Hawai - MC Grecof

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Hawai

Introduction

Part of the United Staates Islands

Flag:

Card:

Seal:

The Seal of the US state of Hawaii has been provided by the Republic of Hawaii in service.

Hawaii:

The Aloha State

Capital City:

Honolulu

Bird:

The Nene (pronounced "nay-nay") is a land bird and a variety of goose. It has adapted itself to life in the harsh lava country by transforming its webbed feet into a claw-like shape and modifying its wing structure for shorter flights. Hunting and wild animals all but destroyed the species until they were protected by law and a restoration project established in 1949.

Coastline:

750 mi.
50th State

Economy

Agriculture:

Sugarcane, pineapples, nursery stock, livestock, macadamia nuts.
Industry: Tourism, food processing, apparel, fabricated metal products, stone, clay, and glass products.

Flag:

The State Flag has eight stripes (representing the eight major islands), of white, red and blue; the field closely resembles the Union Jack of Great Britain, from which the original flag apparently was designed.

Flower:

The state flower is the yellow Hibiscus Brackenridgei.

Geography

Land Area:

6,427 sq. mi.
Highest Point:  Mauna Kea
13796 feet Inland water: 46 sq.mi.
Lowest Point: Pacific coast; Sea level

Motto:

The words Ua mau ke ea o ka aina i ka pono which mean "The life of the land is perpetuated in righteousness." The saying is attributed to King Kamehameha III on July 31, 1843, when the Hawaiian flag was once more raised after a brief period of unauthorized ursurpation of authority by a British admiral.

Nickname:

Aloha State / Paradise of the Pacific

Origin of state's name:

Could be based on native Hawaiian word for homeland, "Owhyhee"

Population:

1,186,602

Statehood:

August 21, 1959

Language:

Hawaii's two official languages are Hawaiian and English.

Distance:

Hawaii is the most isolated population center on the face of the earth. Hawaii is 2,390 miles from California, 3,850 miles from Japan, 4,900 miles from China and 5,280 miles from the Philippines

Coffee

Ah, Hawaii... what a nice place. They grow nuts, fruit, and coffee. The coffee is expensive. It is mild, often too mild: It can be wonderful! It can be terrible and flat. The best coffees cost a lot ...the worst cost way too much. So the goal with Hawaiians is to quit thinking that all Hawaiian coffee is good, and to realize that only a handful of coffees deserve the high price in terms of cup quality (you can easily argue that all deserve a high price in terms of the care and labor expended in producing them). And frankly, you must pay quite a bit for the truly great small-farm Kona. In terms of the other islands, we like some coffees from Maui, a handful of Molokai can be okay, and we have not had an impressive coffee from Kauai.In a historical sense, coffees like Kona are the pinnacle of a particular definition of what "good coffee" is ... clean, pleasant, mild, good aftertaste. This is a notion of "good coffee" handed down from a time when low-grade coffee was called Brazil Rio and it had a seriously foul, dirty taste (so distinctly awful it is still called Rioy in defective coffee terminology). The best coffees were considered the polar opposite; island coffees -- mild, delicate and clean. Certain Specialty Coffees we now appreciate as intense and desireable cups, Yemeni coffees, Ethiopian Harar, Dry-processed Sumatras for example, would be considered terrible in this definition. If you love these intense coffees, Kona may seem too light, too simple, too mild. The even scores in the mid-80s indicate balance and solid quality. Consider this when you cup Kona coffees.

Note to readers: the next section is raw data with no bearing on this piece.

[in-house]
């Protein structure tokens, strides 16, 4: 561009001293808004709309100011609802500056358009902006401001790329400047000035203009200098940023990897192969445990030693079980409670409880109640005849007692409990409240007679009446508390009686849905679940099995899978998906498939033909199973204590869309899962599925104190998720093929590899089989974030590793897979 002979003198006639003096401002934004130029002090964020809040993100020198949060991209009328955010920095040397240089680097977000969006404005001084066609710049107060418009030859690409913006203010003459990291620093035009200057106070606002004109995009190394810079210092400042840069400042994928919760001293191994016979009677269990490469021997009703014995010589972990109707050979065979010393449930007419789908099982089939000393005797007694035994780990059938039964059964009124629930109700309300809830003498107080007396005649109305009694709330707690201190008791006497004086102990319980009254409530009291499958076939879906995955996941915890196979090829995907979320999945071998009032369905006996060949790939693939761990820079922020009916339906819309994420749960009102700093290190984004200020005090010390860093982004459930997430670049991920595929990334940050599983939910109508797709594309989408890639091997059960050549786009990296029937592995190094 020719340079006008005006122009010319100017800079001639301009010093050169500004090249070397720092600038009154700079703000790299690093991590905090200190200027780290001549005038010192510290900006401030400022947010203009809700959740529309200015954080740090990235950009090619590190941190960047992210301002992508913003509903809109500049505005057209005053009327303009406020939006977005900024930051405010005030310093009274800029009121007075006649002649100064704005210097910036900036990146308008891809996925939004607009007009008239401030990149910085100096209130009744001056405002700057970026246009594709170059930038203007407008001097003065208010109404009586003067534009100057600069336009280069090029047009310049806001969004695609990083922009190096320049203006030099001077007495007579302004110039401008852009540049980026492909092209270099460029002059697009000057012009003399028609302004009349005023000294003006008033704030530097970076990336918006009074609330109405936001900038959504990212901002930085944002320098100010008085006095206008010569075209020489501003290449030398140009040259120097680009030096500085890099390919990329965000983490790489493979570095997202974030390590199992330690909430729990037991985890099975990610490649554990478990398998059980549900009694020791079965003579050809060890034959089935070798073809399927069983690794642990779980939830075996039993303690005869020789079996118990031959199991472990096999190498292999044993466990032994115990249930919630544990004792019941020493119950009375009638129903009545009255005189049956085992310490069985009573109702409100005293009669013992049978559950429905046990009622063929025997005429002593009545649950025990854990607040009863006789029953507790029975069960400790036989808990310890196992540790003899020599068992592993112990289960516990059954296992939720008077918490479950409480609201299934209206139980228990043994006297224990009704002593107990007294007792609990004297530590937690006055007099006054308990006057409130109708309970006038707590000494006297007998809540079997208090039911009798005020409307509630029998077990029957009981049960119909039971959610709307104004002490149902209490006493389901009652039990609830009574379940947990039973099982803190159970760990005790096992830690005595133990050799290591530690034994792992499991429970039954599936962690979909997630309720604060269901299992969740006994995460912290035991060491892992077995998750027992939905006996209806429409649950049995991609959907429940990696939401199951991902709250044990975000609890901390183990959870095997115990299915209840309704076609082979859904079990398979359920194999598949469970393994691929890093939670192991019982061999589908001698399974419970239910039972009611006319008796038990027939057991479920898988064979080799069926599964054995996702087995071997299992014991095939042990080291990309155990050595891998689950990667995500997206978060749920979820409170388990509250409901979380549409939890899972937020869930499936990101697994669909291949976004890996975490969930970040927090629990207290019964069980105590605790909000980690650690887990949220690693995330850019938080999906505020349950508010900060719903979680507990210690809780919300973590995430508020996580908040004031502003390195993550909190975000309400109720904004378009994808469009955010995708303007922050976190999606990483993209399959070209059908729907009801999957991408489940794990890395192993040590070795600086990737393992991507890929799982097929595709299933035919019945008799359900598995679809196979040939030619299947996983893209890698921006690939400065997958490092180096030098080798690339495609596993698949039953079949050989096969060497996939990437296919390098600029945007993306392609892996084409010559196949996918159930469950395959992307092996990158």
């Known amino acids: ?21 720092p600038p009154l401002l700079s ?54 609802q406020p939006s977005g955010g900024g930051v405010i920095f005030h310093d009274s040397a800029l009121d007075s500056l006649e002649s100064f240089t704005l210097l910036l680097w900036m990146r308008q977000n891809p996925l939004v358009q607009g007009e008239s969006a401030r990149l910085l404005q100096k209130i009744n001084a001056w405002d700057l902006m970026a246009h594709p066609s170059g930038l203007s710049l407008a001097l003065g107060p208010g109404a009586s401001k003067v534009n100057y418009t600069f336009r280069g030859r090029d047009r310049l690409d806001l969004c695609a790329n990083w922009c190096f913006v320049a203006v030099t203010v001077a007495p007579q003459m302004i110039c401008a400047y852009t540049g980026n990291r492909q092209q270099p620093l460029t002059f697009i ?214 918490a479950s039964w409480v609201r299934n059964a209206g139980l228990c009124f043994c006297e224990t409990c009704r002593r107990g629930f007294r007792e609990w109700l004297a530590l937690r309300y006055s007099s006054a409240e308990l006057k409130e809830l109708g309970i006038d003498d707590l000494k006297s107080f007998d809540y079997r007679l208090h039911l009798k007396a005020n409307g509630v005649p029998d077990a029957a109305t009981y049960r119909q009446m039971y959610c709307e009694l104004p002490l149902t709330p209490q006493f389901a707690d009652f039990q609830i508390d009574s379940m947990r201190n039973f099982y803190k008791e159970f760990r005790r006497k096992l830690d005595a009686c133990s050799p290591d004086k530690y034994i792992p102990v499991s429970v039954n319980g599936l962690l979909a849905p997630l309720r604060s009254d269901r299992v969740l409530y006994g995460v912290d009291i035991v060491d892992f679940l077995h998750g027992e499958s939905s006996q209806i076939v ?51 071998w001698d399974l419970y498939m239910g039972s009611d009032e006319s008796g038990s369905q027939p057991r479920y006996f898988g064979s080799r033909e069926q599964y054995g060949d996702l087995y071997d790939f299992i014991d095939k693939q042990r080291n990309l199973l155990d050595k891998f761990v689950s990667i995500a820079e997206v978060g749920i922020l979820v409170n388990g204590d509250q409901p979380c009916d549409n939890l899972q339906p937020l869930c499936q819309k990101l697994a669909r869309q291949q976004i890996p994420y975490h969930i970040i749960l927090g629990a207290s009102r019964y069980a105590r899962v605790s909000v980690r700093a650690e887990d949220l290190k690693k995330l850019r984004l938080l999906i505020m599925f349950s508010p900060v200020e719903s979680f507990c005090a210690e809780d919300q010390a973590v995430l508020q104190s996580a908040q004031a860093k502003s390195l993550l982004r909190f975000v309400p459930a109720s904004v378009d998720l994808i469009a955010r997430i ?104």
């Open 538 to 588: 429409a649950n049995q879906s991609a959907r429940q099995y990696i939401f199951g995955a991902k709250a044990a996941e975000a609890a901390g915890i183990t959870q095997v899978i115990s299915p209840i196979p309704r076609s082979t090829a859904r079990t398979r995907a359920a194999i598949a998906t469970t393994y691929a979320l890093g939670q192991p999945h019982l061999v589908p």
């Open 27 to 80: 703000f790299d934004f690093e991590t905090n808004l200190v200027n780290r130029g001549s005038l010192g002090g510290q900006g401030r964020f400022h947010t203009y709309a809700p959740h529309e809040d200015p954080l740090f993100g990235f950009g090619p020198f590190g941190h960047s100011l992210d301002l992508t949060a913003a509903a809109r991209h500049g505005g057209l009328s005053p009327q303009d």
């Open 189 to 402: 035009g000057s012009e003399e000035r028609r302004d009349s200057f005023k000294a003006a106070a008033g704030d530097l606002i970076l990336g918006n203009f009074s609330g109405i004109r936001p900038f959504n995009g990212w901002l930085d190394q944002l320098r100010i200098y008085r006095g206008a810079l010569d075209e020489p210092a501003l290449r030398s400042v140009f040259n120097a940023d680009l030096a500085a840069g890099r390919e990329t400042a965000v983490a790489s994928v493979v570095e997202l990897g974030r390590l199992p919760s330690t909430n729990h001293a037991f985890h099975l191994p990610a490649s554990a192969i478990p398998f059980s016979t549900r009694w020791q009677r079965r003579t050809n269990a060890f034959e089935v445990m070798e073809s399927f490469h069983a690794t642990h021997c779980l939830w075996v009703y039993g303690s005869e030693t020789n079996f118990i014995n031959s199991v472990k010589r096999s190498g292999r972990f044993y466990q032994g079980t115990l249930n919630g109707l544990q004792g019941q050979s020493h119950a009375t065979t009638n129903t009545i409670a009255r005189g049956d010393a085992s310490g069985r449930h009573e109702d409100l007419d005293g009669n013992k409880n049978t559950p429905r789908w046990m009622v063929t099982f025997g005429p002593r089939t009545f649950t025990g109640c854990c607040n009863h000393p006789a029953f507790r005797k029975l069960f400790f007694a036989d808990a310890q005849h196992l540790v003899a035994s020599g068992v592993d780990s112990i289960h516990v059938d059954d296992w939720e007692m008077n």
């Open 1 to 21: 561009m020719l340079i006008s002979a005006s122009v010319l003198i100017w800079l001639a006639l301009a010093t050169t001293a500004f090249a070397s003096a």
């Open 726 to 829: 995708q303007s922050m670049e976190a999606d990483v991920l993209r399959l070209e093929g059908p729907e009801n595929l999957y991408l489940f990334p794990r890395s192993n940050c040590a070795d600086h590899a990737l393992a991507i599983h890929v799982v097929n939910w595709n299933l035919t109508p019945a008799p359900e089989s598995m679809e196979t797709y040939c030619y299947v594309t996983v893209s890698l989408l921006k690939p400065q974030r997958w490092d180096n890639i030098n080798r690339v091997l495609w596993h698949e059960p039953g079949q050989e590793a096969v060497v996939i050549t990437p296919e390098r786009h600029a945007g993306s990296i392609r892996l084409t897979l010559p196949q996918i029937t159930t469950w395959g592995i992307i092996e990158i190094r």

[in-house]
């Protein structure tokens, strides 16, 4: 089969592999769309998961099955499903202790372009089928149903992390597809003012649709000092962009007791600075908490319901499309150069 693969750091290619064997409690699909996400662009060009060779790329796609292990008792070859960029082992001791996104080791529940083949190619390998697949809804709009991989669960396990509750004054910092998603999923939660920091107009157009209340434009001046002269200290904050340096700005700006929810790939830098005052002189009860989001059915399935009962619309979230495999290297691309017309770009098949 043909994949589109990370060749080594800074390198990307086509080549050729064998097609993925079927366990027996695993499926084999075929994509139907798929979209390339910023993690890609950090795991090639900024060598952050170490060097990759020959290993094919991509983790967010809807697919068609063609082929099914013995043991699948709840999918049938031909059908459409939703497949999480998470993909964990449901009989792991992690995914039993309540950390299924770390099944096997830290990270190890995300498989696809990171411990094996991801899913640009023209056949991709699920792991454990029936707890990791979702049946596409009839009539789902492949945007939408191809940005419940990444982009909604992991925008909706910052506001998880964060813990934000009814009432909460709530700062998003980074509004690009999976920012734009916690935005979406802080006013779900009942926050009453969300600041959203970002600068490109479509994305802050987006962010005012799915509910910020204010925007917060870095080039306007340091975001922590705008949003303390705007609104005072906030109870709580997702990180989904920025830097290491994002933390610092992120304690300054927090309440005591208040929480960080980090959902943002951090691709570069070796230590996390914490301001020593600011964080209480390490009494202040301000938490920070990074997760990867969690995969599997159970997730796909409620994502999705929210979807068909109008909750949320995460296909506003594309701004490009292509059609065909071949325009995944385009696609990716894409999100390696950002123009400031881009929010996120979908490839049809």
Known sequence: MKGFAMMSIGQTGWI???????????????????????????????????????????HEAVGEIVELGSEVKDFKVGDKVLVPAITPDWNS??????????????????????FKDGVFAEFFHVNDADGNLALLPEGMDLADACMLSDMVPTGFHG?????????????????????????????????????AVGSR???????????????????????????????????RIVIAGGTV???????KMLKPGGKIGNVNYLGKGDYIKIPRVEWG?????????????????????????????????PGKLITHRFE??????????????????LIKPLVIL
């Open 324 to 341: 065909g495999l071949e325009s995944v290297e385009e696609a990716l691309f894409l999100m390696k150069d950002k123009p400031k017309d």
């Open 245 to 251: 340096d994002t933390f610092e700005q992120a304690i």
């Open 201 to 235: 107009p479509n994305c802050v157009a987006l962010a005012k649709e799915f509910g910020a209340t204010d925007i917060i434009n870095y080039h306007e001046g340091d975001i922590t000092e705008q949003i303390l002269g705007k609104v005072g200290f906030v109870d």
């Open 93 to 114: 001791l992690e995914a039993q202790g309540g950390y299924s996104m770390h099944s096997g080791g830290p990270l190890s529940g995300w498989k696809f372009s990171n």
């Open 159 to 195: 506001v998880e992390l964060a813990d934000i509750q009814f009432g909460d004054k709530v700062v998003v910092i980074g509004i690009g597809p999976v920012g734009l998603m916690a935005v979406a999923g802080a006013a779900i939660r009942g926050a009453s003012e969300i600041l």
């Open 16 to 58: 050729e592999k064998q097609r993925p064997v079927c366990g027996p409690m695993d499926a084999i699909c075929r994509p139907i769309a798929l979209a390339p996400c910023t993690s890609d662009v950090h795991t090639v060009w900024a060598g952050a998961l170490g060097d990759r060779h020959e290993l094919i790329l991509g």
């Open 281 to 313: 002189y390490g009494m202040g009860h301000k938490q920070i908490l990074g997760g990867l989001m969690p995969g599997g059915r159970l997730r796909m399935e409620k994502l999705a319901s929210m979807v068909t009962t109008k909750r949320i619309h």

Flowering arabica blossoms





Ripe coffee cherry ready for hand-picking

Country:  US  
Mark:
Greenwell Farm   
Appearance:
 0d/300gr

Grade: Fancy 17/18
Processing:  
washed  
screen:
17/18 scr

Region:  Kona
Crop:
02/03
Varietal:
Kona

Notes: I was very happy when the Greenwell sample arrived since we are out of the small farm Purple Mountain and Kowali Farm coffees. This is a beautiful opal-green new crop coffee with outstanding Kona cup qualities. Greenwell is a "model farm" and mill in terms of quality : they operate one of the finest coffee mills in the islands, milling coffee from not only their own lands but many top farms. Greenwell farm is a center of the Kona coffee culture. This is the type of Kona that deserves its price: perfectly prepped, nice aromatics, complexity, and that hint of spice that distinguishes Kona from other washed coffees. There is more acidity/brightness/livliness in this cup than any other Kona we have had, good indication that the coffee lands are at adequate altitude (something lacking in many Konas both in the cup and in the corresponding geography of the farms). It's a clean, lighter body cup with nice acidity (sometimes I think I get a piney flavor from this Kona), and hints of cinnamon. Rest it for at least 24 hours before enjoying to give the body time to develop.

Roast:

Please don't over-roast your Kona if you want to preserve the brightness in the cup! Keep it light --through first crack, let it go a bit then shut it down before 2nd crack... yes, it does produce interesting dark roast flavors but you can get that with much less expensive coffees too...

Compare to:

Good mild coffees.

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Growing-areas:

north and south from Kona, west coast volcano Mauna-Loa

Qualities:

washed Arabicas

Altitude:

250 - 700 meter

Harvest:

September to March

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